Some musings on the current world crisis by Chris W
I’ve spent the last four years professionally immersed in C20th European history, helping to write a course on 1914-1989 which is getting more relevant by the hour. Does this make the current crisis easier to understand? Why, yes. Does it make me feel better than I otherwise would? Why, no.
There are worrying parallels with 1937. Putin’s no Hitler: there is no evidence that he’s got an expansionist goal which involves killing everyone in undesirable racial groups who are in the way. And the Russian Federation’s treatment of minority groups is not stellar, but there are no Nuremburg Laws. Putin’s no Stalin, either: at home he’s a fundamental reactionary, raised in an era when political failure meant being sidelined, not shot in the head. He has no ideological motivation to take his state to a new level of industrialisation via a raft of corpses.
But he’s clearly playing the role of a revisionist power, and thus his strategic playbook looks like Hitler’s.
1) At home, the politics of self-pity. This one writes itself, and to be honest, it doesn’t really differentiate Russia from England, Serbia, China, Pakistan, India, etc ‘We are hard done by and should recover what is ours’. On the other hand, like German borders in 1919, Russian borders in 1989 got a lot closer to the capital: there’s a major constituency for revision, and revision is a fine way to deflect political opposition.
2) Getting and taking the political initiative. When you want change, you can pick your moment to strike. Your opponents are by definition a coalition whose attachment to the status quo is not all at the same level, so when they are conferring about where exactly they want to draw the line in the sand, you have time to drive a tank over it.
3) Smokescreening with bullshit. The English-language news in 1938 wasn’t about great power politics: it was about the daily-mangled rights of the poor Sudeten Germans, manfully chafing under Czech oppression. Like Hitler, Putin wants to re-state his case in his opponents’ language: hence RT’s gleeful proclamation of a largely fictitious (for now) pogrom threatening Russian-speakers in Ukraine. Insert ‘told you so, Decents’ snark here.
But it’s not all the same. One of the defining features in Europe of the 1930s was economic autarchy, which contrasts with the historically high degree of globalisation we now enjoy. Russia is rich enough to go a-reiving now because they’ve been selling us stuff, mainly gas. Some of the cash has been used to build weapons, much of the rest has been salted away by rich Russians.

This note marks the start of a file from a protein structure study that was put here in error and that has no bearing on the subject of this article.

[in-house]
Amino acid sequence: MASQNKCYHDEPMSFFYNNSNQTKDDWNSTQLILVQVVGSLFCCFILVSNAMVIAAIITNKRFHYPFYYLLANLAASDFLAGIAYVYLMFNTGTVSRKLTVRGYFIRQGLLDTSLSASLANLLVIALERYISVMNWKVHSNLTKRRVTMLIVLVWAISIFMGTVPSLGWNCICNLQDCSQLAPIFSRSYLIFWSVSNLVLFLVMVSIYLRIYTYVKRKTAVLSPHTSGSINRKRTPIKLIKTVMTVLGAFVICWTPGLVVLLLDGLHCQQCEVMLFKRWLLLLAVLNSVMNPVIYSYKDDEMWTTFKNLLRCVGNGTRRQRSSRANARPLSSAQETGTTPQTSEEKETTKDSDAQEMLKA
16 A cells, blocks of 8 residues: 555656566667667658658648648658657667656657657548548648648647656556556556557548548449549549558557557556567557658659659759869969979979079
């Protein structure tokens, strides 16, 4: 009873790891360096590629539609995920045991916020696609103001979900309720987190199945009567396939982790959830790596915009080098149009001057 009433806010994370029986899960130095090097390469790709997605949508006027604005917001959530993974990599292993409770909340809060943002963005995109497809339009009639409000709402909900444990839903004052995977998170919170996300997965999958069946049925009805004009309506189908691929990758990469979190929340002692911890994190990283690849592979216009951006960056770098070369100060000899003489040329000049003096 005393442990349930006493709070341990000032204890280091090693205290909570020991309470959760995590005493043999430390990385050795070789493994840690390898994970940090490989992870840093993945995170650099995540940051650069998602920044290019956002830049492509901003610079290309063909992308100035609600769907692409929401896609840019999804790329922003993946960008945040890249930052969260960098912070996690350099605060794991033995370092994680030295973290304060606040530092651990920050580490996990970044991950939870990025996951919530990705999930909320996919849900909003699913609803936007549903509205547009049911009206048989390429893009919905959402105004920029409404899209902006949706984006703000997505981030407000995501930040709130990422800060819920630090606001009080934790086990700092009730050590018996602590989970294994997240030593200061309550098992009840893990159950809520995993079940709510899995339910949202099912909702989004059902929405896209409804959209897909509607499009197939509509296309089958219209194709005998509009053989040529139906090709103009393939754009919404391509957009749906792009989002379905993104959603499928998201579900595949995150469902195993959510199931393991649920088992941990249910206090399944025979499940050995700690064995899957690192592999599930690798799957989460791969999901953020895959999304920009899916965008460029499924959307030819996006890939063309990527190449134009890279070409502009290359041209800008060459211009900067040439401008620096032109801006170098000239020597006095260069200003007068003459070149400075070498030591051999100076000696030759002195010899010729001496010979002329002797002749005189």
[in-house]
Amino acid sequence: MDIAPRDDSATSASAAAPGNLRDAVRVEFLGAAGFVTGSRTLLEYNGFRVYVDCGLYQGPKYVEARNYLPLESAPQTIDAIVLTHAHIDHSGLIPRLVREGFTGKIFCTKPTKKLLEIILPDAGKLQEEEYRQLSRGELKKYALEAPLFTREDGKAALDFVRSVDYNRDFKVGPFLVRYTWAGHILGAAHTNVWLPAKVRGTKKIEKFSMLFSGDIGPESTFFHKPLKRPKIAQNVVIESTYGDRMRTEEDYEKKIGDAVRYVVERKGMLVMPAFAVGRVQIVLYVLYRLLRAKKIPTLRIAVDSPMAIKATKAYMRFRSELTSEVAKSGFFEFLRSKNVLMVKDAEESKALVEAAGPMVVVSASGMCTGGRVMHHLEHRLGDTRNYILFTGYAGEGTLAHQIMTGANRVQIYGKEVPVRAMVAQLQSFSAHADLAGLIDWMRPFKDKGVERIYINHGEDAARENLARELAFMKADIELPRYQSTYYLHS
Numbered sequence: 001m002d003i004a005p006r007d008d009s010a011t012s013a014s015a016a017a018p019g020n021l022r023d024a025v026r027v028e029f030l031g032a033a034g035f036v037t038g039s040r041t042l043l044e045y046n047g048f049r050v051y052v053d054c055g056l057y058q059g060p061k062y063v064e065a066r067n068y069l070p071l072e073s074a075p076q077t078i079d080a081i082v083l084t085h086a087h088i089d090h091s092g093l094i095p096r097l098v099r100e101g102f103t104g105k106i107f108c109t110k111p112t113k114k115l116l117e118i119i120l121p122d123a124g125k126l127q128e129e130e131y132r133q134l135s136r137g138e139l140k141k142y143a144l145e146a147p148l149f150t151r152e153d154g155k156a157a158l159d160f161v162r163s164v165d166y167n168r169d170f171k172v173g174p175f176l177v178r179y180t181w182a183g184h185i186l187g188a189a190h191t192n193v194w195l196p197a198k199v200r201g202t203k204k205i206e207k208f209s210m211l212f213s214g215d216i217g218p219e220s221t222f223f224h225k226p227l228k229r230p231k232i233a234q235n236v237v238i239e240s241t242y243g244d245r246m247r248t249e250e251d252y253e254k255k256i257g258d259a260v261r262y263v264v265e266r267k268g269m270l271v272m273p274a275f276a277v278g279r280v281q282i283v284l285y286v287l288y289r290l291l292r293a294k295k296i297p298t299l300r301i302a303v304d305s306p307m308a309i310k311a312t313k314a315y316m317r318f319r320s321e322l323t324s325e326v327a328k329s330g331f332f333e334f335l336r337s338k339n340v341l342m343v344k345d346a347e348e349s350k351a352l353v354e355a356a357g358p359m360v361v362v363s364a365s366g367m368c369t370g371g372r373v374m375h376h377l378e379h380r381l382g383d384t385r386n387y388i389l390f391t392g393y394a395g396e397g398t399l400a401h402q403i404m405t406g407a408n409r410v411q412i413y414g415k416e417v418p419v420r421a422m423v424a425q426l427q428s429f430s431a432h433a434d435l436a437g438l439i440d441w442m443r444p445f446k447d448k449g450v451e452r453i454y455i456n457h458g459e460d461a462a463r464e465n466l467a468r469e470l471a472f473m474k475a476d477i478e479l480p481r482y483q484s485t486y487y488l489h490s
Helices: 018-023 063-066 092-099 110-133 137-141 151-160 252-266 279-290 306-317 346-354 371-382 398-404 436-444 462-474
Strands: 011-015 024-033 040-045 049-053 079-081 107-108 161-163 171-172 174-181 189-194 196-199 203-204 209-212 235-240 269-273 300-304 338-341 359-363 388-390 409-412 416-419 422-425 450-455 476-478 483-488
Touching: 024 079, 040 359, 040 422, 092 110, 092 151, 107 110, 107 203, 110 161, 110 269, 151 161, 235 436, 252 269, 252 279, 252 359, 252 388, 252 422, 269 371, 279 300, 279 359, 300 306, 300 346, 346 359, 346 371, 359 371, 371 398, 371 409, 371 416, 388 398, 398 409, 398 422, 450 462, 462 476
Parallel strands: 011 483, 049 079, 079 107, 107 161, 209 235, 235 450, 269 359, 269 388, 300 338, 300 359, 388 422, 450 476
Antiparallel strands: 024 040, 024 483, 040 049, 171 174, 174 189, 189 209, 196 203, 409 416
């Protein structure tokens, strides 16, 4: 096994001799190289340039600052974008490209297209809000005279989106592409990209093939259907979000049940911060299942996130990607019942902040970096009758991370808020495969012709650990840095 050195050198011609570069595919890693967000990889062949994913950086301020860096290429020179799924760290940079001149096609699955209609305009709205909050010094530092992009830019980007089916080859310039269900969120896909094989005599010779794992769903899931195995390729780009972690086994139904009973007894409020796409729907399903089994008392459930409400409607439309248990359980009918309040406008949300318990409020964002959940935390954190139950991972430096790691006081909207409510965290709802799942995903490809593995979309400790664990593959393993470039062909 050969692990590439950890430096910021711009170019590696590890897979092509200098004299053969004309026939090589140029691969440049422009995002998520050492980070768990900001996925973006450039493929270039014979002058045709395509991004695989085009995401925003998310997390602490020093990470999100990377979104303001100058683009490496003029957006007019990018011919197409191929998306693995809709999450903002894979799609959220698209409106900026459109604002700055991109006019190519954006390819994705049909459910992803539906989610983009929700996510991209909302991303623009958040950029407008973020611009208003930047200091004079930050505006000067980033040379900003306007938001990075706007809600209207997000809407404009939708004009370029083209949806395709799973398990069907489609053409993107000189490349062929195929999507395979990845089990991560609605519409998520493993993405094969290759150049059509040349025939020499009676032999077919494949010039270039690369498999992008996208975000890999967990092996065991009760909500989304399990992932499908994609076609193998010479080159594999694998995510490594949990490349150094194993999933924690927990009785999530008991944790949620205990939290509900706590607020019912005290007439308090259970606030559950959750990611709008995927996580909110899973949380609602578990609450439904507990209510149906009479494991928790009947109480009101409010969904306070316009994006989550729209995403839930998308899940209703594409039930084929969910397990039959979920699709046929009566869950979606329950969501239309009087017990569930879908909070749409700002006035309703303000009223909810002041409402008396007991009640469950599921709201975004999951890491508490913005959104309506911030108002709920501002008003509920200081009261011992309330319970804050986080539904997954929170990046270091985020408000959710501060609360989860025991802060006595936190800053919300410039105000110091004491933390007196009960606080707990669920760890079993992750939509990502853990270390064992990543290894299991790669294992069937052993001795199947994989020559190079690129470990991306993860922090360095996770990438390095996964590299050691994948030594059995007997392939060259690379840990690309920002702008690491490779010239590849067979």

Which brings me on to another set of depressing historical parallels. How much damage was done in the UK by the billions of oil-dollars which poured into London in the 1970s? There was inflation of land values, suborning of politicians (Aitken, take a bow) and a dangerous complacency about the political implications of the Saudis’ commitment to Wahabbism. Melanie Philips isn’t wrong about _everything_: the political economy of militant’n’murderous Islam did rather well out of 90s London. We got to enjoy the consequences (exacerbated by some remarkably stupid reactions) later.
Noughties London got its money from elsewhere. Clearly it’s not all Russian, but that’s the origin of a substantial chunk of the cash which is making my beloved city increasingly resemble, and be about as much fun as, a bank vault. Ben Judah is good on this here.
It’s there because London is a safe investment. The UK’s relatively non-corrupt legal and criminal justice systems, and our high degree of public order and (in London) infrastructure spending – also our strange desire to burn out the shops of the poor, not the mansions of the rich, when we riot – keep it safe. Loadsa guard labour in London, provided by us: I note that the billionaires are largely paying the minimum wage, while the expensive clever stuff is picked up by us taxpayers.
What can we do? Well, the Treasury has form in moving quite fast to chase up enemy assets when it wants to: there may even be some people still in the game who remember 1982, and the Europe-wide effort to freeze (the?) Argentine assets.
There’s the matter of the gas: the UK doesn’t get a great deal of our gas from Russia, but most key European players do. Emergency technical assistance for Italy, more gas storage facilities and more windmills already would help to mitigate the energy crisis. Clearly the Germans might need to reconsider their shift away from nukes, but perhaps they might see reason.
So – there are steps the UK can take to defend the rights of (most of) the Ukranian people which involve neither instant sunshine nor sending the Staffordshires to the Vistula. These steps involve clamping down on the financial services industry, threatening the capital’s capital, and returning to the energy generation model of the 1930s-1980s. Will the UK govt take them? I wouldn’t bet on it.